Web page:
Here’s a 21 October 2020 excerpt from my forthcoming An American in Pandemic Paris. A Coming-of-Retirement-Age Memoir, available at your favorite book-purchasing location by 25 November.
“It’s strange walking to the 8 p.m. Eiffel Tower twinkle in the streetlight-lit night. Instead of studying architectural details, I now focus on shop windows and apartments. I adore gazing into apartments; I’m curious about how others live. Some leave the wood of their half-timbered ceilings unpainted, while others coat them in ceiling white to create visual coherence. These apartments have lower ceilings and generally date to the sixteenth or seventeenth century. Those with high ceilings and floriated plaster borders around them date to the eighteenth or nineteenth. Some have crystal chandeliers, built-in bookcases, and overdoor panels painted with bucolic scenes that evoke palatial elegance; others suspend paper-balloon ceiling fixtures and are outfitted from IKEA, evidencing a modern economical aesthetic.
Usually, amber lights define the contours of the Eiffel Tower beginning at dusk and change to white twinkling ones for five minutes on the hour like so many blinking stars affixed to the steel beams. Tonight, it switched to unlit. No twinkling. Eiffel’s Tower of Three Hundred Meters became a strange, black silhouette against the darkening blue-grey sky. I looked around to see if there was a blackout but no, apartments and streetlights remained illuminated. I suddenly realized it was likely a moving, if witnessed by few, commemoration of martyred history teacher Samuel Paty, beheaded by Islamic terrorists on October 16th. Earlier in the day, a march was held in his honor ending with a memorial service at the Sorbonne, where Macron gave a poignant tribute.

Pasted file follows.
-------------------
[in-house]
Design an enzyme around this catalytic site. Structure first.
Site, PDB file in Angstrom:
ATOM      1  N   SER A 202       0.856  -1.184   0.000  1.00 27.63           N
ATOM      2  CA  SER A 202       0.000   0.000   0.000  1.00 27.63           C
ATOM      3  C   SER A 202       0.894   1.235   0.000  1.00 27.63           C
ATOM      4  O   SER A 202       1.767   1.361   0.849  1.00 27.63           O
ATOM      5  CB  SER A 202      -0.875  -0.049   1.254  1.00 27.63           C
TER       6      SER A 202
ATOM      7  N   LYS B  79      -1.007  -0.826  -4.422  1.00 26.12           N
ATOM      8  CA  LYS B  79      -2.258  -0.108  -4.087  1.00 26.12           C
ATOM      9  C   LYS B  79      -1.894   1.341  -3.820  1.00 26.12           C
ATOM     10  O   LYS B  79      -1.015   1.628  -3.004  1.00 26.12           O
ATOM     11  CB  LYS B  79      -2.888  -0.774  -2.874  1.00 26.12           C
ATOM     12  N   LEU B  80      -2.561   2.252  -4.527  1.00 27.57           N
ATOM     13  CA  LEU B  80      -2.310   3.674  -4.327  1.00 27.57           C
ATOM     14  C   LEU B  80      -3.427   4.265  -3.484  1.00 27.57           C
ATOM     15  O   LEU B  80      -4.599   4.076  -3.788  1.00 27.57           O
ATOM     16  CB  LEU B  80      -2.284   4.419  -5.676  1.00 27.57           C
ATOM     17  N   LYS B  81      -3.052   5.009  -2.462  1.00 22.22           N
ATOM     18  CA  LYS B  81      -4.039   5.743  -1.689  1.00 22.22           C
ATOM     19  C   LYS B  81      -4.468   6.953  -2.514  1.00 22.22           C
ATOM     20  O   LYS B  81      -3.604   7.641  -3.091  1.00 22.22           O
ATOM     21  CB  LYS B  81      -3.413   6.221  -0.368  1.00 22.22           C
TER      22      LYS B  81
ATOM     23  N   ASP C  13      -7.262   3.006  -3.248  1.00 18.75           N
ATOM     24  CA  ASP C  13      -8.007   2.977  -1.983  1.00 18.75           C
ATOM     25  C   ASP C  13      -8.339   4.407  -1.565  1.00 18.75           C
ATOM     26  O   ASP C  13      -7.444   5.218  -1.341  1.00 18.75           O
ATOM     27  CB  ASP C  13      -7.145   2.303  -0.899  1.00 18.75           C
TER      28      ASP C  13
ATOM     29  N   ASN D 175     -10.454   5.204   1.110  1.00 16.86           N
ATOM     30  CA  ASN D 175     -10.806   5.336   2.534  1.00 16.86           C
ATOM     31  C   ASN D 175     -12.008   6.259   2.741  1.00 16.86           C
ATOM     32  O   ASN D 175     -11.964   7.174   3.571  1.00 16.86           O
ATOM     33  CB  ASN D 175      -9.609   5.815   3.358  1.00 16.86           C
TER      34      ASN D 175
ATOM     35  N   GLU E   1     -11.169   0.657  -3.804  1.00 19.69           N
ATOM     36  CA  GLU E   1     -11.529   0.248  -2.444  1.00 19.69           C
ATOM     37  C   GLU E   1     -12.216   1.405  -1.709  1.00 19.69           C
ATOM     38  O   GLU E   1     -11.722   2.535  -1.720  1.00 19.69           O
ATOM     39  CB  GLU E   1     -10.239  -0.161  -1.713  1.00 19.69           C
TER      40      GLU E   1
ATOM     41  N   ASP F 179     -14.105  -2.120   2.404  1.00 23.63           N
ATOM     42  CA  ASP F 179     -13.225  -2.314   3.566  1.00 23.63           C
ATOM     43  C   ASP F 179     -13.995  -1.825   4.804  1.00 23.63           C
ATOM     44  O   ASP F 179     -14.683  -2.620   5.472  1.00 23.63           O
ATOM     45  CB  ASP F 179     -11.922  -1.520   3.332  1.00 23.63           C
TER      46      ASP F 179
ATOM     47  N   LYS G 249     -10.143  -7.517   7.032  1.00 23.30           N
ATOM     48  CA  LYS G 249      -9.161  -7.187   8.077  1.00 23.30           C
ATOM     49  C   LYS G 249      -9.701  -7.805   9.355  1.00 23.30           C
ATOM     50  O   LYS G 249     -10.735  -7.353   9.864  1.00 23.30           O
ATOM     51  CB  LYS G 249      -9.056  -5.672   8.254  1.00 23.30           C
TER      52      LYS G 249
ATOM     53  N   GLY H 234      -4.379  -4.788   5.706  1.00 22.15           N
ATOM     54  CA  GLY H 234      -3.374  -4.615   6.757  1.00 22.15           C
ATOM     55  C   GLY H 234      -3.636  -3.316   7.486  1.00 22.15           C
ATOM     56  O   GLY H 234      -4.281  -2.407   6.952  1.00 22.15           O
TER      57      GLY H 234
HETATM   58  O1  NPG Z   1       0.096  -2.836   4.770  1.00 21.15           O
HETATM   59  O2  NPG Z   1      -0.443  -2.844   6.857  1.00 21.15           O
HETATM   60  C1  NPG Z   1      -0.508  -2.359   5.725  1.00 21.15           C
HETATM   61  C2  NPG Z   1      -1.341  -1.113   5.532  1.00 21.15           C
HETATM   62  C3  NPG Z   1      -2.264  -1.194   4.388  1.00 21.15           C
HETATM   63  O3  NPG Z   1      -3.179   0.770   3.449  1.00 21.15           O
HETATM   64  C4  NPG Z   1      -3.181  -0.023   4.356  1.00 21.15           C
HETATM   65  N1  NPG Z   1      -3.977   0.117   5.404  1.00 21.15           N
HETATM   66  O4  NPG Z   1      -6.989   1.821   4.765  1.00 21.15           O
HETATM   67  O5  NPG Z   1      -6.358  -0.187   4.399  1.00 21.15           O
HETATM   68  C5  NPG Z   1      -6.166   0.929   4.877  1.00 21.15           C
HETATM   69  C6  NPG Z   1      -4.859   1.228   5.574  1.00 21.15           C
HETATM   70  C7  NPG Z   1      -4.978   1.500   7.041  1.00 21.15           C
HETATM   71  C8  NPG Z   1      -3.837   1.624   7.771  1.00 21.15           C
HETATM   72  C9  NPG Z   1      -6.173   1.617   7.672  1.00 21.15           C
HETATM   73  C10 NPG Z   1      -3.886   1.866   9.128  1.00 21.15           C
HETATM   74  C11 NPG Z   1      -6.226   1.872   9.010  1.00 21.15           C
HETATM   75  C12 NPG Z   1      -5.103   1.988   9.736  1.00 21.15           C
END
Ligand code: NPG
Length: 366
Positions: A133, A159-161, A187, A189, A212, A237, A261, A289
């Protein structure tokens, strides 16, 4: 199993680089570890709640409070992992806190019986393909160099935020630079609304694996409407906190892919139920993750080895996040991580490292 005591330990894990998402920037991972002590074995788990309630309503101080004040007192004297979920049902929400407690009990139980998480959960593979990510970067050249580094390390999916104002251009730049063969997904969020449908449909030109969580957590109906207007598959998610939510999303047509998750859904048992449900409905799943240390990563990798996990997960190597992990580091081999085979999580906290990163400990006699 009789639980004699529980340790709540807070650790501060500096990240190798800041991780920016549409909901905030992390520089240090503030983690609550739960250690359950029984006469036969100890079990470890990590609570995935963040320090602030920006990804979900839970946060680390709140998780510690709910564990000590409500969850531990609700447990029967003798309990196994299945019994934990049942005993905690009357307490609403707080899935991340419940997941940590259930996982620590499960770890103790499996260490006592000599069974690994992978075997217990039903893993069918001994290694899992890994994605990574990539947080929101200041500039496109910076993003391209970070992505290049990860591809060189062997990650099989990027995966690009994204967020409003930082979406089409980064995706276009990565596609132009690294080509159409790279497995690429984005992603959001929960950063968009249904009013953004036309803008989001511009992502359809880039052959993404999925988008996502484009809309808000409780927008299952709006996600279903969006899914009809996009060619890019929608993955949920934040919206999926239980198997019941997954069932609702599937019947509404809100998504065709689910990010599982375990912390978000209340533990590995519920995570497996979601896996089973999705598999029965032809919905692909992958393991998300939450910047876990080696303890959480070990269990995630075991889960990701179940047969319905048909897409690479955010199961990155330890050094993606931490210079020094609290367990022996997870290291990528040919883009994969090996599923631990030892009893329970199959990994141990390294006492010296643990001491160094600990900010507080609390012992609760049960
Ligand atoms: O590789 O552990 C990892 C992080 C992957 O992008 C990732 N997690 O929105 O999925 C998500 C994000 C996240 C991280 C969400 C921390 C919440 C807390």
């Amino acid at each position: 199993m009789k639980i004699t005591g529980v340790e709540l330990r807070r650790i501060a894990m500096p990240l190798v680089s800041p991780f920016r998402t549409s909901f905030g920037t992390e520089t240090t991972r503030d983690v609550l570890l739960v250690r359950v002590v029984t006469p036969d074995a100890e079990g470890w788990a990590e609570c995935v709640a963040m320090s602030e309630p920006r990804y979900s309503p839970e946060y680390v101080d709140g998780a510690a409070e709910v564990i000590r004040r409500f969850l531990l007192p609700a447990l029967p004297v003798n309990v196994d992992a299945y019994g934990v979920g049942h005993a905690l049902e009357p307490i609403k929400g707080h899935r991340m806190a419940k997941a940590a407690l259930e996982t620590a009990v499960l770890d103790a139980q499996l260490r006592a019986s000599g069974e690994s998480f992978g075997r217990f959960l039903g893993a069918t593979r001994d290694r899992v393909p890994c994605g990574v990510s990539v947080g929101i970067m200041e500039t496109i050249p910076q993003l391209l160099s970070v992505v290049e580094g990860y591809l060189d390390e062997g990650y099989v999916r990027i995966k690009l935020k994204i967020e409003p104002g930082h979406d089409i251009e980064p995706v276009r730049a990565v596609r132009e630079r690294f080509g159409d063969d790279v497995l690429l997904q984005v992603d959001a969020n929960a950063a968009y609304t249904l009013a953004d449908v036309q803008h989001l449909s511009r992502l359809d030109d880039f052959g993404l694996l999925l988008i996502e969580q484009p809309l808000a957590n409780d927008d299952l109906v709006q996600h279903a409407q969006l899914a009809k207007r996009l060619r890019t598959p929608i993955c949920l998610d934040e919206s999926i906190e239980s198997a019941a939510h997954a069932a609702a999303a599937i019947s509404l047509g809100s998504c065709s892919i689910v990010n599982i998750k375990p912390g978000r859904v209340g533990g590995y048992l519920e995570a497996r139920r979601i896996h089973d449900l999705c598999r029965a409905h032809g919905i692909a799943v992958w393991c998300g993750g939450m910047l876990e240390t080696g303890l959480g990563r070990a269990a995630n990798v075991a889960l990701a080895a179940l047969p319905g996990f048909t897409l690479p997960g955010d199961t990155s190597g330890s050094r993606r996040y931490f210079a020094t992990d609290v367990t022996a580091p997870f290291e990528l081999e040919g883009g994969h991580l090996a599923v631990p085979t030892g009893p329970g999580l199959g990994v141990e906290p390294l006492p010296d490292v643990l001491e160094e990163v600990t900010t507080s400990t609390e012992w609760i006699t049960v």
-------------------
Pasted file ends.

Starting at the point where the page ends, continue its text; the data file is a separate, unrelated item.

Paty was assassinated because he held a discussion about freedom of expression in his junior high school class. The subject centered on the terrorist attack of Charlie Hebdo offices, an event that inaugurated a bloody year of Islamic terrorism in France. On January 7, 2015, the Kaouchi brothers, members of al-Quaeda, entered the office of the provocative satirical weekly just before lunchtime. They executed eleven journalists in retaliation for the newspaper’s publication of caricatures of the Prophet Mohammed. Since its founding in 1969 in the wake of the student riots of 1968, Charlie Hebdo has published many caricatures of religious and political figures past and present.
I stood alone in the darkness for the full five minutes paying homage to the dedicated and compassionate teacher. I gazed at the respectfully darkened silhouette of Paris’s most iconic symbol, reflecting on the unconsidered risks taken daily by teachers dedicated to fostering open-minded examination of societal values and individual rights in democratic societies. The sudden re-illumination of the Eiffel Tower snapped me out of my reverie. As in meditation, I lost track of time during those five minutes, which seemed much longer as my mind wandered the labyrinth of unanticipated dangers involved in educating youth. Certainly Paty, the father of two small children, could never have imagined even in his most dystopic dreams how his last day would end. I hurried to make it home before the 9 p.m. curfew, too absorbed in my thoughts to window gawk.”